There are also parts CE318500 (R Fork Stopper), CE305200 (M Key Spring 1), and CE317600 (R Spring) which seem to be missing, unless they are between the top plate of the camera (which I haven’t removed) and the camera body. The R Spring seems to me to be the piece that would fit over the R Fork, which would prevent the loose play shown in the dizzying video. It’s possible that I lost the spring when I opened the camera after it broke, or maybe it ended up in the roll of film that I was rewinding when I broke it.

    Does it seem reasonable to install the R Fork with a spring over it to prevent the play when upside down? And if so, any suggestions on where to get a small spring that could work? Ebay didn’t turn up any results for any parts I’ve mentioned in this reply.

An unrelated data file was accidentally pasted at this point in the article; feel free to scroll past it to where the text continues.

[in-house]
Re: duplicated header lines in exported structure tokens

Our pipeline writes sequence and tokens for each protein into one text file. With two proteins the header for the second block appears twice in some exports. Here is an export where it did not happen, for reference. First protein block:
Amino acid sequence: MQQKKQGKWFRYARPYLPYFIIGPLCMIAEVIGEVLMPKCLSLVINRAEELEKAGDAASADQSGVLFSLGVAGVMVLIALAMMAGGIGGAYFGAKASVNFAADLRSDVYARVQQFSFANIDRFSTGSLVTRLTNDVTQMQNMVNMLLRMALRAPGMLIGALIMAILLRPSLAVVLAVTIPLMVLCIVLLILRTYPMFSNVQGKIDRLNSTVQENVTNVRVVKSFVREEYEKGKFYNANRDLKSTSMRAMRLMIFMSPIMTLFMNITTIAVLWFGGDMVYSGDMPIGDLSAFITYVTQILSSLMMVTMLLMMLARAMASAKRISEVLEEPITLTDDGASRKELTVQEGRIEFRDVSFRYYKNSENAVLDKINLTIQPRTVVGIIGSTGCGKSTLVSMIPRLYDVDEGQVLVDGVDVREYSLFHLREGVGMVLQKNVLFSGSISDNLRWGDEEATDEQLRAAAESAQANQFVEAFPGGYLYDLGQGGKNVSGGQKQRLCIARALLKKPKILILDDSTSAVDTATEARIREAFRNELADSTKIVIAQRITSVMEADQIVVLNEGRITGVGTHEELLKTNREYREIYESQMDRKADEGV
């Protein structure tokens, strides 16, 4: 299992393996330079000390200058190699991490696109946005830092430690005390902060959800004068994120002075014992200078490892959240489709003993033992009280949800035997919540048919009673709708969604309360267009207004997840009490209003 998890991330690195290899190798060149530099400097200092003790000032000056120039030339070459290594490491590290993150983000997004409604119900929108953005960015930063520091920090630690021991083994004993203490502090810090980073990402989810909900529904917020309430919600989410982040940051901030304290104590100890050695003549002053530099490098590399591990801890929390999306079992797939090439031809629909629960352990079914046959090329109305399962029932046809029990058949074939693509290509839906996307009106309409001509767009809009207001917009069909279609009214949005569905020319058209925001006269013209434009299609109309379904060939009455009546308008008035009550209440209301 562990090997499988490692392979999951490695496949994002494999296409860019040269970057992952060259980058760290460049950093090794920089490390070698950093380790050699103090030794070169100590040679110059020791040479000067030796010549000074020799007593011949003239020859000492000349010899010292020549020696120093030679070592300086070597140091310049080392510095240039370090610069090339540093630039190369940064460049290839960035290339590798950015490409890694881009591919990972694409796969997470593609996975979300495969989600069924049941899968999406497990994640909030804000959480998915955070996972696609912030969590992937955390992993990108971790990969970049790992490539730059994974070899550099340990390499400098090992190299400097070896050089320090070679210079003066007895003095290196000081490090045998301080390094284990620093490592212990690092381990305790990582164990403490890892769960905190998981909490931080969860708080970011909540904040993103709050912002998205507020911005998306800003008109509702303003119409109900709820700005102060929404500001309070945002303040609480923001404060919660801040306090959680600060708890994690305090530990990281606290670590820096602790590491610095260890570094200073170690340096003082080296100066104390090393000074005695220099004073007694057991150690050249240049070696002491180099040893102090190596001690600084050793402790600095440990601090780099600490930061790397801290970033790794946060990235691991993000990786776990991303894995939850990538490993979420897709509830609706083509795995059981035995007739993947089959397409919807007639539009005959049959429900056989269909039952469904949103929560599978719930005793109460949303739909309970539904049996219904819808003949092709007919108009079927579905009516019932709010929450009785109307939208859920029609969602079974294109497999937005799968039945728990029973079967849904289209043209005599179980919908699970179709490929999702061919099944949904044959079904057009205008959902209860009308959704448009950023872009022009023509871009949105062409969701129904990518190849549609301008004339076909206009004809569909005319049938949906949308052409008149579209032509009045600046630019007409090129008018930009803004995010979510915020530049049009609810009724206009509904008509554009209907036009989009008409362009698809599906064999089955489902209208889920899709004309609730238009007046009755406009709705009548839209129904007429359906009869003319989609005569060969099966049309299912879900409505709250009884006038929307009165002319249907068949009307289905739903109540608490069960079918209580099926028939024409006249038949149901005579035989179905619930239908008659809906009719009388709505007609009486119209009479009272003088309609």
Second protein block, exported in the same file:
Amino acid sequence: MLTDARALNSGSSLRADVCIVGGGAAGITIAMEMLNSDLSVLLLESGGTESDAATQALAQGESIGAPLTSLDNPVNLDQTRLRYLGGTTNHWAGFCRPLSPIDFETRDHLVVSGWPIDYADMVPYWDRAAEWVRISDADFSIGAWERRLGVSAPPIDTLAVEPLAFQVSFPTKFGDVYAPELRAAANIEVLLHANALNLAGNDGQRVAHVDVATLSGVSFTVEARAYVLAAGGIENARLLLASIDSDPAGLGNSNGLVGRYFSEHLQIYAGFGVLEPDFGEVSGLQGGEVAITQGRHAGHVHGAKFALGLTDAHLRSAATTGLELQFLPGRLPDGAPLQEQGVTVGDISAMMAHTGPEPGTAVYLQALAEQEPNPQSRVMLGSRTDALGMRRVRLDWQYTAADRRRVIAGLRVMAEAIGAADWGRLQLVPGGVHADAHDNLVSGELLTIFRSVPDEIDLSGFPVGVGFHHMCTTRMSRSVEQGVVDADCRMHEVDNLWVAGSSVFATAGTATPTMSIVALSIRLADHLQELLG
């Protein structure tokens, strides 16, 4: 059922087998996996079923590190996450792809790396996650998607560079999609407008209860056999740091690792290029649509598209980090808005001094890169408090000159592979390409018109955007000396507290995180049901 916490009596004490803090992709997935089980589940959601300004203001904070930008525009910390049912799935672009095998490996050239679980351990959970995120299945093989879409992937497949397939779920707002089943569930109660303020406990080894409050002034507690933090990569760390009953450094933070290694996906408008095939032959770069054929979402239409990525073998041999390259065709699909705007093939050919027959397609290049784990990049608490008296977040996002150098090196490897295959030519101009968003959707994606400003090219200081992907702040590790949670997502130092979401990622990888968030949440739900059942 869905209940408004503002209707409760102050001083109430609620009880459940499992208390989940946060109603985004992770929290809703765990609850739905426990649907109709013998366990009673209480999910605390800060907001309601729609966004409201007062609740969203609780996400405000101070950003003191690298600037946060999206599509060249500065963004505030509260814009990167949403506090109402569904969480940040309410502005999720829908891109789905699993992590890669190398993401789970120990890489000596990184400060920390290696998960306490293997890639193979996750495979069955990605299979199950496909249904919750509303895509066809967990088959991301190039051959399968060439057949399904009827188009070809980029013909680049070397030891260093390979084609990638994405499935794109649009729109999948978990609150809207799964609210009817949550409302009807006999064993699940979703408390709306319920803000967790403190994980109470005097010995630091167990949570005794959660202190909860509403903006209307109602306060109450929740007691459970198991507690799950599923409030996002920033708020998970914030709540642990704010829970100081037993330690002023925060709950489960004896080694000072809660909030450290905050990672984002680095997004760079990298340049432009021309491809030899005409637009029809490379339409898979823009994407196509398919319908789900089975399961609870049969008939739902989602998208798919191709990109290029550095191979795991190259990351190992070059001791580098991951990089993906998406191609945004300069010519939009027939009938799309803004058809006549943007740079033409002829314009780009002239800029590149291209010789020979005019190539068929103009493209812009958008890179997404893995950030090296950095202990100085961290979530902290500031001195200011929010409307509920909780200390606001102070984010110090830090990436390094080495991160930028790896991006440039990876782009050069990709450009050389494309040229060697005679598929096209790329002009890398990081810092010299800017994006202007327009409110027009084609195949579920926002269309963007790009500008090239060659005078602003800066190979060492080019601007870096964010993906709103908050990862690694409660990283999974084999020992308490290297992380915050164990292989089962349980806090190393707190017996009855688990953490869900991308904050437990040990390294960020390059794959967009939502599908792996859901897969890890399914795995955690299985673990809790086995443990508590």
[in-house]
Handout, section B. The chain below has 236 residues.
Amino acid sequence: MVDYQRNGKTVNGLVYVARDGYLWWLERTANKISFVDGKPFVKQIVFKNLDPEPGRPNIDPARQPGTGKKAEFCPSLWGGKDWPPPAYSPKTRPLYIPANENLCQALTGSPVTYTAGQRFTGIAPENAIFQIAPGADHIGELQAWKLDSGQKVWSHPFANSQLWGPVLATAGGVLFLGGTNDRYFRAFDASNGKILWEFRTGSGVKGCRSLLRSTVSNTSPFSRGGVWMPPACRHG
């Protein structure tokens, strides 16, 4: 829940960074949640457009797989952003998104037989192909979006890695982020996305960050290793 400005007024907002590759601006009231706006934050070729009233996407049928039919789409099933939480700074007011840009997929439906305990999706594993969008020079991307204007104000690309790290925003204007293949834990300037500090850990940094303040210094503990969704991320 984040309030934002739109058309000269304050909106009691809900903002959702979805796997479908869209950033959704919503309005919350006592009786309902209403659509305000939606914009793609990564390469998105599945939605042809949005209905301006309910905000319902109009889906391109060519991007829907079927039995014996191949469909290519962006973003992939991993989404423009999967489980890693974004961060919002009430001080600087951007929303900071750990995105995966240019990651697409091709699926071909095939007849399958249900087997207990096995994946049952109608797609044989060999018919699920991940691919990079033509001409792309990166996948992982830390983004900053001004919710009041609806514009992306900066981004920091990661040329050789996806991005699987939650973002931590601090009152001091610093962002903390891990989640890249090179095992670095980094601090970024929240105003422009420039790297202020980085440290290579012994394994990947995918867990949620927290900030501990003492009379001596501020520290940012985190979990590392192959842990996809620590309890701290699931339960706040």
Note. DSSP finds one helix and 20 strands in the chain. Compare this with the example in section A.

7. Thanks for your reply, John. You’re right, I may have to resort to getting another camera for parts, since even the R Fork took a while to come up on eBay. I see people in forums that find XA’s or similar models for around $10 USD for parts, but online it seems to be up around the $70 mark. Sorry for the effect of the video! Hope you’ve recovered.
    John Seaman likes this.
  8. That is not normal. As I said it needs some force to pull it up so it won't fall like that when you put the camera upside down.